Flashcards in Pulmonary Hypertension Deck (32)
What is hypoxia?
a relative deficiency of oxygen in arterial blood
What is the clinical significance of OI?
to determine the severity of hypoxemia
What is the OI calculation?
OI= (FiO2 x MAP)/ PaO2
What are the mechanisms by which decreased delivery of oxygen to the tissues can occur?
1) decreased amount of O2 in the blood
3) decreased perfusion
What is the expected OI of an infant with HMD?
What sustained OI is an indication for ECMO?
What is one of the most common reasons to require ECMO?
What are the causes of pulmonary hypertension as categorized by primary disease process?
1) lung dysfunction (MAS, RDS, PNA, CDH, pulmonary hypoplasia)
2) pulmonary vascular (idiopathic- pulmonary arteries can constrict all by themselves w/o comorbid lug dz- rare)
3) cardiac dysfunction
How can cardiac dysfunction cause pulmonary hypertension?
poor contractility (or development) of LV, causes blood to back up creating LA hypertension and back up into the pulmonary vasculature
What is the definition of PPHN?
a clinical, pathologic syndrome a/w various lung dz or idiopathic; previously referred to as persistent fetal circulation
What is the incidence of pulmonary hypertension?
2 per 1,000 live births
What is the associated mortality with pulmonary hypertension?
11%-48%; mortality is bad if you don't have access to iNO or ECMO
What is the clinical presentation of pulmonary hypertension?
1) marked pulmonary hypertension and vasoliability
2) labile hypoxemia (caused by extrapulmonary R>L shunting at PFO or PDA)- independent of FiO2
4) respiratory distress- rtx. nasal flaring
5) progressive cyanosis
* clinically at the bedside what you will see is marked sat lability with an inability to oxygenate
Why did PPHN used to be called persistent fetal circulation?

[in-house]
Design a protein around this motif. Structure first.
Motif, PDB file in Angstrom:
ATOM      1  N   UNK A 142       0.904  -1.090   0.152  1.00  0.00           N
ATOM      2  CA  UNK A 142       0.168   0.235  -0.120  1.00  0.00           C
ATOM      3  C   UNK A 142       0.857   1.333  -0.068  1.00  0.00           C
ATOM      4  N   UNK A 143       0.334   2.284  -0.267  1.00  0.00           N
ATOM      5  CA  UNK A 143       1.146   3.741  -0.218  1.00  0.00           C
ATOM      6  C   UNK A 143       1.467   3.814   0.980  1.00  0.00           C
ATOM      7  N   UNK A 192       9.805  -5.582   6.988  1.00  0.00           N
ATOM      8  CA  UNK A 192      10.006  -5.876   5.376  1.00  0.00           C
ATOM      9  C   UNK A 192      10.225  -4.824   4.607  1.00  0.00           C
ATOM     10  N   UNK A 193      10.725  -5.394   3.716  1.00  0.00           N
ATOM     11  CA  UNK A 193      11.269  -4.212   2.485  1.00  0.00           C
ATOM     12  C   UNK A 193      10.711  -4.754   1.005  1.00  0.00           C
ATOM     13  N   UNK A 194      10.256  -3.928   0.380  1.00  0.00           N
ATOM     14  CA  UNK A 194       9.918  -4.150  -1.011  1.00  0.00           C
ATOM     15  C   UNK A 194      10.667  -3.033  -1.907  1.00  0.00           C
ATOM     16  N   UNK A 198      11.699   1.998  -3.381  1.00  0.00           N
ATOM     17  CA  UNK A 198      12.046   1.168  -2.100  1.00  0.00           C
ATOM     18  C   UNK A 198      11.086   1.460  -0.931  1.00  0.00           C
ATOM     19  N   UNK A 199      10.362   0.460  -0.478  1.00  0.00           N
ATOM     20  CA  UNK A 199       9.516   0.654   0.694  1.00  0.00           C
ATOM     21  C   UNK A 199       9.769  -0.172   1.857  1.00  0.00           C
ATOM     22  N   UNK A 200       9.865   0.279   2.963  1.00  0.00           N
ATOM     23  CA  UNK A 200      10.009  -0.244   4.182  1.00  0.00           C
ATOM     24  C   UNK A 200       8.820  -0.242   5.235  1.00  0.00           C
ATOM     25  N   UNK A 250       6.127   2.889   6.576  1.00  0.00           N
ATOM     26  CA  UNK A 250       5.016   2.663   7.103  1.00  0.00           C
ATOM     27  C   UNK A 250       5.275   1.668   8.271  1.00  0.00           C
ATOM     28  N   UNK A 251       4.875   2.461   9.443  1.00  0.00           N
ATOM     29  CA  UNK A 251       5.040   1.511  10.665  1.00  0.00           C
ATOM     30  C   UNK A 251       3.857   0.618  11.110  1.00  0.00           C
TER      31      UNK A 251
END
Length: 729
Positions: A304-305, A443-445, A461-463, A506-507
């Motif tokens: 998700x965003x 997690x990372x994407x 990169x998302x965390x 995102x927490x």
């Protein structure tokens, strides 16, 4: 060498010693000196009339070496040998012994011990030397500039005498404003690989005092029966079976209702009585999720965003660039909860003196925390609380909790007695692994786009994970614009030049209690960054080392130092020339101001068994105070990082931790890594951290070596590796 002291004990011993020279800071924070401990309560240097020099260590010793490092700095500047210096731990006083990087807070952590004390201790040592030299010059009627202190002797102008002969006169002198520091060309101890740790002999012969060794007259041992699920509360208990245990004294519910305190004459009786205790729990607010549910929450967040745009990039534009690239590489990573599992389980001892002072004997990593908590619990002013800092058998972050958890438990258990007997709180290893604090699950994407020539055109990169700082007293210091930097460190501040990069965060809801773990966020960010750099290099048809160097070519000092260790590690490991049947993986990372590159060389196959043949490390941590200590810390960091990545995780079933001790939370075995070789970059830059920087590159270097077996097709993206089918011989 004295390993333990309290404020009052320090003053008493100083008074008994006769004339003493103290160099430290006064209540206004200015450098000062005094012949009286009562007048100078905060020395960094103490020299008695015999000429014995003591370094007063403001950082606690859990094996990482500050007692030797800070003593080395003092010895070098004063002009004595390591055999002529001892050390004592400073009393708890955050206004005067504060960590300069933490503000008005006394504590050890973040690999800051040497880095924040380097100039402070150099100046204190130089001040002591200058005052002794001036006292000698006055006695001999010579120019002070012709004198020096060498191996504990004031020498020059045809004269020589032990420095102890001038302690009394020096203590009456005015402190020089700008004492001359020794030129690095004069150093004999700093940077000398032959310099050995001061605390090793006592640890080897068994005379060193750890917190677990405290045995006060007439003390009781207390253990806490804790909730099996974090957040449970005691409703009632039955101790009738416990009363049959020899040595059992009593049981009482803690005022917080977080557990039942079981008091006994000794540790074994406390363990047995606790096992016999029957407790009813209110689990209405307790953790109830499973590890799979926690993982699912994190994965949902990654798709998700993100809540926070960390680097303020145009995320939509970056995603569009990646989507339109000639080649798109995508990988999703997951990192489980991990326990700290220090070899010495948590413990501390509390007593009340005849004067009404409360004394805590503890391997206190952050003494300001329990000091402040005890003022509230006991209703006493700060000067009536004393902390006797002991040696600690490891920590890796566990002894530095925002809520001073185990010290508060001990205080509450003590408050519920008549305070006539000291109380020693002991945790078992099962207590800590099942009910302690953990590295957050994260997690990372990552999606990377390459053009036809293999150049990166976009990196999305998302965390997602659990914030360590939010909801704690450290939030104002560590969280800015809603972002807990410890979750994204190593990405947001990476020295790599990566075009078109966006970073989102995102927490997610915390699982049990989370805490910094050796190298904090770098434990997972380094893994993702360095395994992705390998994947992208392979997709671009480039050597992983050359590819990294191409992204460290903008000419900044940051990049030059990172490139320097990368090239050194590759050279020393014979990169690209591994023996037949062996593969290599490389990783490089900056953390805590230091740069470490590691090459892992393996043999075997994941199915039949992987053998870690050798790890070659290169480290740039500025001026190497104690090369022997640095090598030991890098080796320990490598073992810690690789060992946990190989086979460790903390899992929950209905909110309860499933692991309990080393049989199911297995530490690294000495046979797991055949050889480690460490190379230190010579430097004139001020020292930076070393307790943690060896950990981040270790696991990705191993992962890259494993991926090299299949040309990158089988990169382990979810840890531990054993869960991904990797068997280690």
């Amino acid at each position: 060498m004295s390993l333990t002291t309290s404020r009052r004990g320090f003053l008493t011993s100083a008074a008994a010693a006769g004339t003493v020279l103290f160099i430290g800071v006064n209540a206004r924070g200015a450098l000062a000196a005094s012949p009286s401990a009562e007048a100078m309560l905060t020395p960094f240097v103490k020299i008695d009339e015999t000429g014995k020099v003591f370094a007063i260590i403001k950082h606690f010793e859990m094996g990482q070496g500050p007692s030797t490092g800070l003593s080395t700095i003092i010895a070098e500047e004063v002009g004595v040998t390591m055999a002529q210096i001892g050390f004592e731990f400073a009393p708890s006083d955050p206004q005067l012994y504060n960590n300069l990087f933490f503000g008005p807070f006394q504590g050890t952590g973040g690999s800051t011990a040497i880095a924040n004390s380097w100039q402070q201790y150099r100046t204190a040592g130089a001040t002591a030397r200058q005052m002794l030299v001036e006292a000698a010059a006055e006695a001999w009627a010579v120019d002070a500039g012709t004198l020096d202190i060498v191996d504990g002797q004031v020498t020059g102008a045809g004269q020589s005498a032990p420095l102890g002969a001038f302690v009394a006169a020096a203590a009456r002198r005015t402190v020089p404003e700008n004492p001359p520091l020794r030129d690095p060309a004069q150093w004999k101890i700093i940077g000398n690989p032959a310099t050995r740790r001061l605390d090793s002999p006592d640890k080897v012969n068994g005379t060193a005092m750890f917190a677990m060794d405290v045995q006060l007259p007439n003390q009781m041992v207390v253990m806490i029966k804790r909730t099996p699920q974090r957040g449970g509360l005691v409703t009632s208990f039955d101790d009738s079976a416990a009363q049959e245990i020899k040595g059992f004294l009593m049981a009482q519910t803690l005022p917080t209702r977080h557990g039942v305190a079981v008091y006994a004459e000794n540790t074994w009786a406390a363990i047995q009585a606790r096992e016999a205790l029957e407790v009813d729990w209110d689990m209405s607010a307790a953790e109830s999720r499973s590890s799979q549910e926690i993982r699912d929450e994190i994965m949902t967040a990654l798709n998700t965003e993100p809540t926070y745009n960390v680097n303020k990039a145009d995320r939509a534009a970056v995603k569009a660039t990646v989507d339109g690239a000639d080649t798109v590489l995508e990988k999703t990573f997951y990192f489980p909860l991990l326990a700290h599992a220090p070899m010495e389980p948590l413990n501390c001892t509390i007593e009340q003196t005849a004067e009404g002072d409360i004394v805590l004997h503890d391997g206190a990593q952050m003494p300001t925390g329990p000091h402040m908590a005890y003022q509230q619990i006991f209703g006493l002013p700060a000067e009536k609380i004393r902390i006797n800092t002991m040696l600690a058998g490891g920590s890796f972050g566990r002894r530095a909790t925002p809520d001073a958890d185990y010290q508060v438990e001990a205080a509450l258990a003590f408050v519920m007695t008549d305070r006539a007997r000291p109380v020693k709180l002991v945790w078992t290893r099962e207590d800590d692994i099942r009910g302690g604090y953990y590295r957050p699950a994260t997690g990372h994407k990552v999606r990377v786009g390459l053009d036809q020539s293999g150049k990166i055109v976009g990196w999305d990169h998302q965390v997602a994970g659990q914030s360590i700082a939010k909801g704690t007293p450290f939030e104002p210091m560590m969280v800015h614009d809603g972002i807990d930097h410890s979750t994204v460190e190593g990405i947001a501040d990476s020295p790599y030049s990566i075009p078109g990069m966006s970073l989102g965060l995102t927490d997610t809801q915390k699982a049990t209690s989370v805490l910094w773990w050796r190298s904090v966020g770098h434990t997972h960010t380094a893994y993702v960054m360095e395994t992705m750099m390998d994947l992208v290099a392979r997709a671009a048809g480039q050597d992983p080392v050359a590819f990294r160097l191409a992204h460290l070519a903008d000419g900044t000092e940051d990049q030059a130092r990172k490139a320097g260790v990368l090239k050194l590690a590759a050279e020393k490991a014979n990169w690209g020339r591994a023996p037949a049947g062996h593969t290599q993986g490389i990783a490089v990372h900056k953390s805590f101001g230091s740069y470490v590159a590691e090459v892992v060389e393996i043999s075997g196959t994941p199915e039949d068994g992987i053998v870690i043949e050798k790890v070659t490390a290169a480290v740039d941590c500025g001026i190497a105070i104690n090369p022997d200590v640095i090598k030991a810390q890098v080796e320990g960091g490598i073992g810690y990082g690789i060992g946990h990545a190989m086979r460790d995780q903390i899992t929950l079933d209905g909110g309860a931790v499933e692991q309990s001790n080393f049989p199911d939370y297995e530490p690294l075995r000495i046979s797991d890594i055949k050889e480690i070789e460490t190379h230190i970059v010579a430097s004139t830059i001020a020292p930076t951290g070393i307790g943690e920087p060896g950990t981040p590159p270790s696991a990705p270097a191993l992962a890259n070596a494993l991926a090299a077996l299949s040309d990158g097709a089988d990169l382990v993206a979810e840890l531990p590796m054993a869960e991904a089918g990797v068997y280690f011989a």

in utero, pulmonary HTN is an expected developmental mechanism; pHTN after birth is apathological process as a failure to transition to extrauterine life; clinical symptoms reflect underlying pulmonary dz
Regardless of etiology, what are the common threads underlying PPHN?
1) elevated pulmonary resistance
2) pulmonary vasoconstriction
3) altered pulmonary reactivity
What is the end result of altered vascular reactivity?
*results in high pulmonary pressure, which may lead to:
- R>L shunting across FO
- R>L shunting across DA
- tricuspid regurg
What is the key finding with PPHN?
increased pulmonary vascular resistance; blood is not having trouble at the alveolar level, but difficulty accessing the alveoli
What is the effect of PPHN on the right side of the heart?
b/c blood can't get out of the heart to the lungs, there will be a back up of blood and will follow the path of least resistance. increased RV pressure and subsequently RA, perpetuating R>L intracardiac shunt (PFO) into LA.
What is the clinical presentation in the cardiac exam of PPHN?
because the RV is working so hard, you frequently have a murmur as blood regurgs across the tricuspid valve. persistent condition may lead to RV dilation.
How is CO affected by intrauterine stress?
only 7% of combined CO goes to the lungs and when stressed, can be reduced to 1%
How does the mechanism of intrauterine stress manifest?
the more stressed a fetus is, the better they are at "clamping down" and preventing blood from flowing into the pulm vasculature- this is a protective, evolutionary mechanism
*PPHN babes usually have a h/o stress prior to birth
What type of intrauterine stressors contribute to PPHN post delivery?
1) the sicker the MOB
2) the worse intrauterine environment
3) the lower available O2
4) high altitude
5) meconium stress
6) post dates
all contribute to the infant's ability to R>L shunt; the longer the baby has been stressed, the more hypertrophied the vessels
What is an extrapulmonary shunt?
R>L shunting across fetal channels: FO or DA
if an infant has a h/o stress and has concomitant lung dz, infant will try and persist in fetal circulation
Why is prophylactic PDA closure not helpful in the PPHN course?
ligation of the ductus doesn't change pressure in the lungs and therefore doesn't force blood into the right side. the end result was right side dilation and right sided heart failure, which can lead to death
What should be the aim of PPHN interventions?
opening the pulm veins and arteries to limit R>L shunting. the problem is not the ductus, the problem is the elevated pressures in the pulmonary beds.
How is PPHN diagnosed?
- hyperoxia test
- Differential PaO2 or SaO2
- cardiac cath
What is an infant with PPHN's response to the hyperoxia test?
not responsive; they have a large V/Q mismatch- make sure the lungs are inflated and its not the lungs fault that the baby is not responding to O2; differential is PPHN v CHD
What are the interventions that can improve intrapulmonary shunting?
surf, good CXR, good expansion, gentle mechanical ventilation, increased PEEP
What ECHO findings are c/w PPHN?
1) elevated PA pressure reliably estimated, compared with simultaneous systemic pressure
2) R>L or bidirectional PDA shunting
3) R>L or bidirectional PFO shunting